RenewEconomy: The nature of the premium feed-in tariffs means there is no signal for solar households to moderate consumption or gear their usage to reduce peak demand. Is there any consideration of a buy-out of tariffs, that has been contemplated by Ergon energy, to try to change that behaviour?
Bailey: There is no doubt that feed-in tariffs have to become more sophisticated and take into account peak demand – but you do need digital or smarter meters to do that. Buyouts would, of course, be an expensive up front cost – and you would have to make sure that you could model some real network benefits to ensure you are getting taxpayer value for that. It’s an interesting idea, but we have a strong agenda going forward and this idea is not part of it at this point.
RenewEconomy: Many experts forecast that up to half of all demand will be met by on-site generation within the next few decades. Is the rise of the “pro-sumer” a good thing?
Bailey: If it can help us save on network costs – it is an excellent thing. As most readers will know that is 50 per cent of the costs. That’s the billion dollar question: does the rise of the pro-sumer reduce overall costs of the network or just the costs of the pro-sumer? We all need to work together to make sure that happens.
RenewEconomy: Queensland has been cited as one of the most attractive places to build large-scale solar in Australia. What is making it so, and what are you doing to ensure that it happens?
Bailey: The first thing was just opening the doors again and indicating that we are open for business on renewable energy. The previous government was so negative, yet Queensland has some of the best solar resources in the world and is ideally placed to benefit as solar generation becomes an increasingly important part of Australia’s electricity generation mix.
The Palaszczuk government is supporting the development of local, large-scale solar projects by providing long-term revenue contracts to successful Queensland bidders for solar funding through the ARENA competitive round.
The government-owned Ergon Energy is also supporting Queensland’s renewables sector by entering the market to buy 150MW of renewable energy – including solar, wind and hydro – from renewable energy suppliers in regional Queensland.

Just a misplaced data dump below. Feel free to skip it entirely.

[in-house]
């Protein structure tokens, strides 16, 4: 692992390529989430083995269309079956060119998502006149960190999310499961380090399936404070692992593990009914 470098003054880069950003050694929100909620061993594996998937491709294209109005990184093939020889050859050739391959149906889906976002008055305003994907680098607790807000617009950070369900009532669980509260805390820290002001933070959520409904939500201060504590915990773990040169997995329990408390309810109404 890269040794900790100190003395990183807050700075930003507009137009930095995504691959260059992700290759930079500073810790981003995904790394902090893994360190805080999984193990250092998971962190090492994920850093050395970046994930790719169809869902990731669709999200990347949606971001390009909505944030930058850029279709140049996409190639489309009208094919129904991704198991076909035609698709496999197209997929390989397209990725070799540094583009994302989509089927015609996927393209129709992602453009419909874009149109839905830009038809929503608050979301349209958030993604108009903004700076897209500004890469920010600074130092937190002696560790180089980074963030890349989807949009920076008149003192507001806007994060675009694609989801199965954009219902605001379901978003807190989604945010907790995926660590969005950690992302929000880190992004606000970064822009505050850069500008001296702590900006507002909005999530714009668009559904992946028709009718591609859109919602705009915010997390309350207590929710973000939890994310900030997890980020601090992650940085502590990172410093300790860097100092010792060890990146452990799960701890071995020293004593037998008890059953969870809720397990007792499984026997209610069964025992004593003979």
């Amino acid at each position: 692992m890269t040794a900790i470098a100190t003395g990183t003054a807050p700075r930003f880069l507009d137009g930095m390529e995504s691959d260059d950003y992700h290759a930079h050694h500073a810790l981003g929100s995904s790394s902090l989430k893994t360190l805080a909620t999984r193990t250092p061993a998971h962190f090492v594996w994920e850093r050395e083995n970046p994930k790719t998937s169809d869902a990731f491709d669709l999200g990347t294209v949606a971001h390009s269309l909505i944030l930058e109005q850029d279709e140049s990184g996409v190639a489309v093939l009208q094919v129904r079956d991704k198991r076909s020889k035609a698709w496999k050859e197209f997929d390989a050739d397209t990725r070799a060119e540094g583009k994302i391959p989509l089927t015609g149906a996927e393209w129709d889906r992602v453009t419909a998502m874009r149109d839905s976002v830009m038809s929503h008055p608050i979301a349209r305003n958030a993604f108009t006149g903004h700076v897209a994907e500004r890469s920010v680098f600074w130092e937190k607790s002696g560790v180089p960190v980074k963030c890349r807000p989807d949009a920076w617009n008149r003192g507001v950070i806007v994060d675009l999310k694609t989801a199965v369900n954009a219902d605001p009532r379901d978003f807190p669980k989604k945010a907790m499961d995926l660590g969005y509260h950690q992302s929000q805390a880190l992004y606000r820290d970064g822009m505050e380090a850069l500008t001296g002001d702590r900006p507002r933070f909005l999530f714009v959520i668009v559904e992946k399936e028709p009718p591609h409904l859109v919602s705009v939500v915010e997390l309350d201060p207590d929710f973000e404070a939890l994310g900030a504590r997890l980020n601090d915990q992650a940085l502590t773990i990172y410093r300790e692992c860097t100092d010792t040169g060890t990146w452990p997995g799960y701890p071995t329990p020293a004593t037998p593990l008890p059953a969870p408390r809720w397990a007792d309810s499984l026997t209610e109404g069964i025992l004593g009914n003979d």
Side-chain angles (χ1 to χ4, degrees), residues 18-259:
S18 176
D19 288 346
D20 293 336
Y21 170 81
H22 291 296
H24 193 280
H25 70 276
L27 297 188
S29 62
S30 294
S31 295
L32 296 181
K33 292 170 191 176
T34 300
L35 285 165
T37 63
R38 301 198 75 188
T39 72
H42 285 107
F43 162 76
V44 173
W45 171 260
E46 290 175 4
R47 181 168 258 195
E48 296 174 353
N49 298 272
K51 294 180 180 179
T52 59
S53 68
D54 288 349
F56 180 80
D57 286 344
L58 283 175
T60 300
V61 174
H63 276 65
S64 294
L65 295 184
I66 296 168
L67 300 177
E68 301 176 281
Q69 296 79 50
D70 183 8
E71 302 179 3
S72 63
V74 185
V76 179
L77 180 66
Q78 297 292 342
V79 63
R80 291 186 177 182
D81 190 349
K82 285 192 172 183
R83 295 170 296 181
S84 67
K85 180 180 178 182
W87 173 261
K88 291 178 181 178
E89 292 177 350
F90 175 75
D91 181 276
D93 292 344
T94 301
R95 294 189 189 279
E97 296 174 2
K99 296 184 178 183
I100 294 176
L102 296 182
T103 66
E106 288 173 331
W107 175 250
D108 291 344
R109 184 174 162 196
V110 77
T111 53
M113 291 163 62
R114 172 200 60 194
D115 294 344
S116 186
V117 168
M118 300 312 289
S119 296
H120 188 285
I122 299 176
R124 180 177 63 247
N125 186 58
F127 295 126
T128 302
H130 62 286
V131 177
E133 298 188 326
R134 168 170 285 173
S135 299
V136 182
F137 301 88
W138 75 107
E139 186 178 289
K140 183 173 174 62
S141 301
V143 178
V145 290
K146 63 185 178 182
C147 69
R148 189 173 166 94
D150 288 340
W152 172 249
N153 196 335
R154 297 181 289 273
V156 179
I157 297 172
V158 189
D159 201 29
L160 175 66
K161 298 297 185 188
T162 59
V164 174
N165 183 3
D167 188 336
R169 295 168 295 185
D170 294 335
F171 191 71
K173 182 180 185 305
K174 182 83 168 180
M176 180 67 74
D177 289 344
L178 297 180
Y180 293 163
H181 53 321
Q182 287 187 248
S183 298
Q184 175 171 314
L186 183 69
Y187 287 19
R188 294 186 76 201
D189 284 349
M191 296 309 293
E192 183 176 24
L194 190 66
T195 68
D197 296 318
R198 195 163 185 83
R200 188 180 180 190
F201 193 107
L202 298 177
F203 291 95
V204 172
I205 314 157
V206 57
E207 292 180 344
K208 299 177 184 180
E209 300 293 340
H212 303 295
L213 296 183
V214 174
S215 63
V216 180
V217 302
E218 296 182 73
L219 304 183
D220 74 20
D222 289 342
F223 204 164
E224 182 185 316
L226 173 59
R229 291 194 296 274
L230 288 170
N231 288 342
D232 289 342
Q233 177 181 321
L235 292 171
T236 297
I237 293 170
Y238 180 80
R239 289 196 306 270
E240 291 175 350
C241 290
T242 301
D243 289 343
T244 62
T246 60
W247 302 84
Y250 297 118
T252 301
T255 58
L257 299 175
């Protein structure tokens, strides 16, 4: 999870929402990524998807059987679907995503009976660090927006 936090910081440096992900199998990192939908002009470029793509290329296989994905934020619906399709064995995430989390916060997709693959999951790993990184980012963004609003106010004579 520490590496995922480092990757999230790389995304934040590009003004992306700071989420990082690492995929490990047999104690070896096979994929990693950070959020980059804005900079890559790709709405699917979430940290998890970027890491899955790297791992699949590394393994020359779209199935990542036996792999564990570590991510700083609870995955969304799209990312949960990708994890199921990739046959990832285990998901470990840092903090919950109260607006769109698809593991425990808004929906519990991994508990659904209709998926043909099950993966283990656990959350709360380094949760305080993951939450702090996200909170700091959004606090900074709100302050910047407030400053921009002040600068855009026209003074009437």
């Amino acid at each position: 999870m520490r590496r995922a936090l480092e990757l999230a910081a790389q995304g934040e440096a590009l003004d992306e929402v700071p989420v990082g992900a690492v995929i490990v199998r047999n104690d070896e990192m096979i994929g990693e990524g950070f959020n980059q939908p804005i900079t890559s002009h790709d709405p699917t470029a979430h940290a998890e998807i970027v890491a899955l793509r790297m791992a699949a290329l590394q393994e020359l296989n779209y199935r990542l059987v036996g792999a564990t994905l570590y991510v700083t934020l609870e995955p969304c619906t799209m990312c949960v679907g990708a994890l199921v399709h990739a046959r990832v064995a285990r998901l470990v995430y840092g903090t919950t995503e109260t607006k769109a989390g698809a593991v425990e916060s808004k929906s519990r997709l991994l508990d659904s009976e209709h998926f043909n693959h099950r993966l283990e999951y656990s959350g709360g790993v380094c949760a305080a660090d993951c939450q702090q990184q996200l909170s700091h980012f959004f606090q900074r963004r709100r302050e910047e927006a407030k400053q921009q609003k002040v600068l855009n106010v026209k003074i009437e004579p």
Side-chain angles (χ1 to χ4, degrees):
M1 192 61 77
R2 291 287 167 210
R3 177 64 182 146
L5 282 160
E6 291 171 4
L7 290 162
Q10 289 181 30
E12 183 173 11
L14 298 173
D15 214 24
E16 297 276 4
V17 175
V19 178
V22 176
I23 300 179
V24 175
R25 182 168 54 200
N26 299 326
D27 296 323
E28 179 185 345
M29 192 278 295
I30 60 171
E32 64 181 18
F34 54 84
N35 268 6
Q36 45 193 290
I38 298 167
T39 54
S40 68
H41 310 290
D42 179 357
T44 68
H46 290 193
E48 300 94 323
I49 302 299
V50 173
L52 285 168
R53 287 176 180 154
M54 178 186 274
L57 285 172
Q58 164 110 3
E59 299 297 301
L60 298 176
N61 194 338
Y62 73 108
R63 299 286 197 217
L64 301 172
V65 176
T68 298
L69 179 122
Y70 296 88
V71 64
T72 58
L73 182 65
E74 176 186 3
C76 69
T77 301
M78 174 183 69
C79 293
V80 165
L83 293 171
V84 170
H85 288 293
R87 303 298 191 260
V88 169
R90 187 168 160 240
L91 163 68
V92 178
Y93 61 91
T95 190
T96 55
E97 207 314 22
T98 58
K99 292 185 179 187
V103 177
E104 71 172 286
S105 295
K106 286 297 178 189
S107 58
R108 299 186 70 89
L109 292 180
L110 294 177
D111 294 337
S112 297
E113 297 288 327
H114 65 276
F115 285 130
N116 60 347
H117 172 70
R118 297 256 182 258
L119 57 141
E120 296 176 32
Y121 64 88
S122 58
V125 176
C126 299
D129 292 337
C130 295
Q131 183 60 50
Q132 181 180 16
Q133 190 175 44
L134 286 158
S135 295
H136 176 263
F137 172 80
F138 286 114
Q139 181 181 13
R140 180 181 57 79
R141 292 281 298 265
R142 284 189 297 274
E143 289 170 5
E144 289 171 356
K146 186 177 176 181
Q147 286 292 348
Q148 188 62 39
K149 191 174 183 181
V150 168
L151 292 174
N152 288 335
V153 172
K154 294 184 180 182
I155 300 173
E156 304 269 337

RenewEconomy: What are some of the other technologies that get you excited?
Bailey: I am also main roads minister, and I think electric cars, self-driving cars, trucks, and drones are going to transform our road system.
RenewEconomy: Have you driven an electric car? Should Queensland government agencies encourage the take-up of EVs?
Bailey: Recently I announced that the state government has partnered with Mitsubishi Motors and Ergon Energy to bring eight electric vehicles into Ergon’s passenger fleet this year.
We have also taken the initiative to establish Australia’s first ‘electric super highway’ service station in Townsville where drivers can fast-charge their electric vehicles using solar energy.
RenewEconomy: Energy storage is seen as the most disruptive technology, but to what extent is it an ally of your network, or a challenge?
Bailey: It is still unclear who will get the benefit of the savings at this stage. Energy storage has the potential to provide an advanced, cost-effective technology solution that will improve the quality and reliability of electricity supply to rural customers in areas of limited or no communications, very high system impedance, harsh environmental conditions, line protection issues, and stability issues.
Ergon Energy is exploring applications such as the Grid Utility Storage System (GUSS) where battery storage can benefit the network.
GUSS is designed to defer network augmentations, with Ergon modelling showing that average network upgrade costs could be reduced by 35 per cent while improving the quality of electricity supply to rural customers in remote areas.
GUSS works by charging batteries overnight when electricity use is at its lowest and discharging them during the day, if required, when energy use peaks.
GUSS units have been installed at 17 sites across the state, including two units between Rockhampton and Bundaberg, five between Burketown and Doomadgee, three each for Mount Isa and Mirani and two near Cunnamulla.
But of course we are about to see batteries and storage deployed in homes as costs fall – mainly not by networks but by consumers. Whether that ends up in network savings – it is too early to tell, but there is a lot of research going into that question at the moment.
Giles Parkinson is a journalist of 30 years experience, a former Business Editor and Deputy Editor of the Financial Review, a columnist for The Bulletin magazine and The Australian, and the former editor of Climate Spectator.